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Ever since Google released the Panda update in February, it has been known that Google carefully and manually pushed out updates to it on cycles that were often months apart. Back in May, Matt Cutts said that is how they did it for now. Much like the Google bomb algorithm . I am starting to believe that over the past couple weeks that Google has begun to either push the Panda updates out more aggressively on a manual basis or has set it to roam free on it's own - in the wild.
We had a Google Toolbar PageRank update last month and noticed that Google.com had a PR of 9 , whereas Facebook had a PR of 10. Over the weekend, many started noticing Twitter had a PR of 0. A clear sign of a bug somewhere, either on Twitter's side or Google's side. Anyway, I feel like more and more webmasters are trusting Google's PageRank less.
Three weeks ago, Google conducted a toolbar PageRank update that caught the eyes of most webmasters and SEOs more so than a normal toolbar PR update. Why? Well, because Google's own PageRank on Google.com was lowered to PR9 .
With Google Panda Update 2.2 upon us , it’s worth revisiting what exactly Panda is and isn’t. Panda is a new ranking factor. Panda is not an entirely new overall ranking algorithm that’s employed by Google. The difference is important for anyone hit by Panda and hoping to recover from it.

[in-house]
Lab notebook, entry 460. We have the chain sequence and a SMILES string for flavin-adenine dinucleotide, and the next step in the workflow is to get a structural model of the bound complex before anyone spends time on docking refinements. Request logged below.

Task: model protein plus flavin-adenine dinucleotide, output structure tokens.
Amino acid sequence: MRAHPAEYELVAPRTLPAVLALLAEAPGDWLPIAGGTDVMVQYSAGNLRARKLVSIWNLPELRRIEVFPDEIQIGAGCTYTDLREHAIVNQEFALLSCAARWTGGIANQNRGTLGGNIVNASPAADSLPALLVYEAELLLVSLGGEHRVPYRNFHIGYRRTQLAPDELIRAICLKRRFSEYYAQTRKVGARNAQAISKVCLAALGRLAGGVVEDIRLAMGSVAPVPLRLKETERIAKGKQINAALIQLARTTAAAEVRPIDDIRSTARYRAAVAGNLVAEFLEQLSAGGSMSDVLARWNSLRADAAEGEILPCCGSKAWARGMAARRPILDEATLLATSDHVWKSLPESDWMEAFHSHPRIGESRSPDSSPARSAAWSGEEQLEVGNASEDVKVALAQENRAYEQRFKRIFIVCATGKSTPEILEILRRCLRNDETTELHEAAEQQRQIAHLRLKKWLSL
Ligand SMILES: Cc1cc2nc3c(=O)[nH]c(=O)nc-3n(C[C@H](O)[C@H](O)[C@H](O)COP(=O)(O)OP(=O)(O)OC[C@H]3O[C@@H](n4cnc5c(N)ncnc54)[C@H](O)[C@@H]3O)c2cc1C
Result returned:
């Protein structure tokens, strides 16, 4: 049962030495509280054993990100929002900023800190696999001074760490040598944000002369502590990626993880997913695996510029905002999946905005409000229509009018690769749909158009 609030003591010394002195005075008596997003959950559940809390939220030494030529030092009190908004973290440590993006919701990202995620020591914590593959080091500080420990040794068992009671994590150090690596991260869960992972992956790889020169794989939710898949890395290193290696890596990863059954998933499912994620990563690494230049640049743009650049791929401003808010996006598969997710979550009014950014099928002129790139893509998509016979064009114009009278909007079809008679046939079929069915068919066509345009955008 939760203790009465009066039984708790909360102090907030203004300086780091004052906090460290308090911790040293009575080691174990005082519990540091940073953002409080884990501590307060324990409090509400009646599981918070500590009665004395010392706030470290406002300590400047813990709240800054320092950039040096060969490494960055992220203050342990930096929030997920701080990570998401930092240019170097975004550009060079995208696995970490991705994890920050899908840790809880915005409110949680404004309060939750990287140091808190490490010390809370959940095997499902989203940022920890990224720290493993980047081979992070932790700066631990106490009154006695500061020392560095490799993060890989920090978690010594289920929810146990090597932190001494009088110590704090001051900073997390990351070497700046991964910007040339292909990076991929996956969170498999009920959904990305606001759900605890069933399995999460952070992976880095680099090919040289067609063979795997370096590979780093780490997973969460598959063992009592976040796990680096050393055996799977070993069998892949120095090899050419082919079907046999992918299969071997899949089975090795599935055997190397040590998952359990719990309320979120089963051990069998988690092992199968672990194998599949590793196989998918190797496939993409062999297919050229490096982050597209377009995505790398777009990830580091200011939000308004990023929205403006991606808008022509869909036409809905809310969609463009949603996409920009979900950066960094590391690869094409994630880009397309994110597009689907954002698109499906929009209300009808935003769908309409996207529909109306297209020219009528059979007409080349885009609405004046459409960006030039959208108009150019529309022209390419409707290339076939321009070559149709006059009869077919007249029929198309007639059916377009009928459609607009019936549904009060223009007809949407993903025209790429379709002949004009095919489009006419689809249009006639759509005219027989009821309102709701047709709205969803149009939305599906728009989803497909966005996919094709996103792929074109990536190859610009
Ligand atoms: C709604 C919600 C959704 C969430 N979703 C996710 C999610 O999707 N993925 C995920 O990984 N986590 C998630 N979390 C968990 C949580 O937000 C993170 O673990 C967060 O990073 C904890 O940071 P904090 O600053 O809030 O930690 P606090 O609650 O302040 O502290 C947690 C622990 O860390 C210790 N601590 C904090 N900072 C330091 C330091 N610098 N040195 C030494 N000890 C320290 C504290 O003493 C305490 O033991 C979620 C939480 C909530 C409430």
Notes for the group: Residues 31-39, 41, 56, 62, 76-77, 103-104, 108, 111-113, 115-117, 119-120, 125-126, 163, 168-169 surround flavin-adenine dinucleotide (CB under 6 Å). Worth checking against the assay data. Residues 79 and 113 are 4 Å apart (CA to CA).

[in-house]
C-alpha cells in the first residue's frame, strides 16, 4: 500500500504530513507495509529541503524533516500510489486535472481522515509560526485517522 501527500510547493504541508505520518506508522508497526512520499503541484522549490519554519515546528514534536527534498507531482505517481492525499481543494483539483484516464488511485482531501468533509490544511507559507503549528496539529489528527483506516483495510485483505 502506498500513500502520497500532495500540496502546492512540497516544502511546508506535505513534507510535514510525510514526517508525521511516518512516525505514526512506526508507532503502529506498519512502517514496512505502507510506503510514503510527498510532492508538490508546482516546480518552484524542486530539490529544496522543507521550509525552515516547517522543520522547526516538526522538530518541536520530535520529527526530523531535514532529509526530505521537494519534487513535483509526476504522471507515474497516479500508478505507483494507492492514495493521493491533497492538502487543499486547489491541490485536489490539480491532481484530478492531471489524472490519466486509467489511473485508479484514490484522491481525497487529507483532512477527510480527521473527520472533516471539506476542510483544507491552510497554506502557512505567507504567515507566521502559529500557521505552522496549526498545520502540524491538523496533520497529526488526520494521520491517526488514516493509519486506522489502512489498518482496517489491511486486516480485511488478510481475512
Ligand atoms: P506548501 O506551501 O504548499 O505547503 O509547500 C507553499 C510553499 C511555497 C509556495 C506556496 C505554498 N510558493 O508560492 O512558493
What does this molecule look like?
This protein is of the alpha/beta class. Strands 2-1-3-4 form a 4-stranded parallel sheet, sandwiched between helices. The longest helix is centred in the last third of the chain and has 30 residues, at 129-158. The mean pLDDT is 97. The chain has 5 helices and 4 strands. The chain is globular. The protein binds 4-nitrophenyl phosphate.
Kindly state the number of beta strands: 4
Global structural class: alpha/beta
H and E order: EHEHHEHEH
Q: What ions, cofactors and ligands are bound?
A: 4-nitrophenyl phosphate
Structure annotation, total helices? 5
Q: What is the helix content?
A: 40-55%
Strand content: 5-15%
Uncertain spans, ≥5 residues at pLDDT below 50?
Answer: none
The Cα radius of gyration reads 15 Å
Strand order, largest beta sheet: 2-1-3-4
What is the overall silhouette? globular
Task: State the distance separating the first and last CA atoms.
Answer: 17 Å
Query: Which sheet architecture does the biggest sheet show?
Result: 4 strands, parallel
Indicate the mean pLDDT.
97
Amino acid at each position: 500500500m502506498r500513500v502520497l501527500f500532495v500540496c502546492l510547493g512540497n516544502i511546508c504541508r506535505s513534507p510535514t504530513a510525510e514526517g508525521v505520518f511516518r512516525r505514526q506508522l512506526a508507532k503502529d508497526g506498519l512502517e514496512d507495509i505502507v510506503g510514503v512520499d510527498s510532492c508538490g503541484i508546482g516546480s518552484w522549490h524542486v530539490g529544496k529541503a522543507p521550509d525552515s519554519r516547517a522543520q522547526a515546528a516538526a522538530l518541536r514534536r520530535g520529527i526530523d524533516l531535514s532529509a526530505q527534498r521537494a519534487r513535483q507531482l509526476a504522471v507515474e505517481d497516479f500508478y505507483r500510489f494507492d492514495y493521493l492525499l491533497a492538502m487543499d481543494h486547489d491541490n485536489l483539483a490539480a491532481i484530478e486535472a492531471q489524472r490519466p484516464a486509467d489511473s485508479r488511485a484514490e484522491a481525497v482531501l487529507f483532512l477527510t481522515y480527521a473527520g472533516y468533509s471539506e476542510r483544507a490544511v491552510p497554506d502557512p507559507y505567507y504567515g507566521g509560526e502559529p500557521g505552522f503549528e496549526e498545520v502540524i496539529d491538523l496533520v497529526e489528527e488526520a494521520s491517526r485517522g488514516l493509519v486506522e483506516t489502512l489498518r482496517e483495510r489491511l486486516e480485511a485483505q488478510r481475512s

We know both Google and Bing use social signals for rankings , even more so today from when I posted that article. In fact, some are worried it plays so much of a role that expert content will be effected negatively by the growth of social. In any event, some webmasters at WebmasterWorld are suggesting that Google, since Panda, has turned the dial up on how much influence tweets from Twitter play in ranking content in Google.
There have been rumblings that Google has unveiled another huge algorithm change being dubbed “Panda 3.0″ in some quarters. Officially, Google says it’s not so. Only a minor update, “far smaller” than Panda 2, has happened. Changes have been spotted by some sharp-eyed SEOs over the past few days, and Google agrees that there were some tweaks made. But as I said, the company says this impacts far fewer rankings than in the past.
I wrote a very long examination of the issues that Facebook employed a PR firm to publicize, about how Facebook feels Google may be violating privacy with its Google Social Search product. Here’s a shorter look, especially from the angle of how Facebook itself has enabled Google to do what Facebook is now complaining about. Facebook said this about Google, in its statement from my original article: We wanted third parties to verify that people did not approve of the collection and use of information from their accounts on Facebook and other services for inclusion in Google Social Circles—just as Facebook did not approve of use or collection for this purpose. Facebook has since said it should have handled the issue in a more “transparent” manner, and is no longer working with the firm of Burson-Marsteller, but Facebook hasn’t refuted the allegations that the firm was trying to get out.
In the wake of a rumored Panda 3.0 release the topic of the Google Panda update is not slowing down. One thing that might be new to most SEOs is how Panda hits web sites. There are algorithms that run continuously in a live environment and then there are algorithms that are only run when Google decides to run them.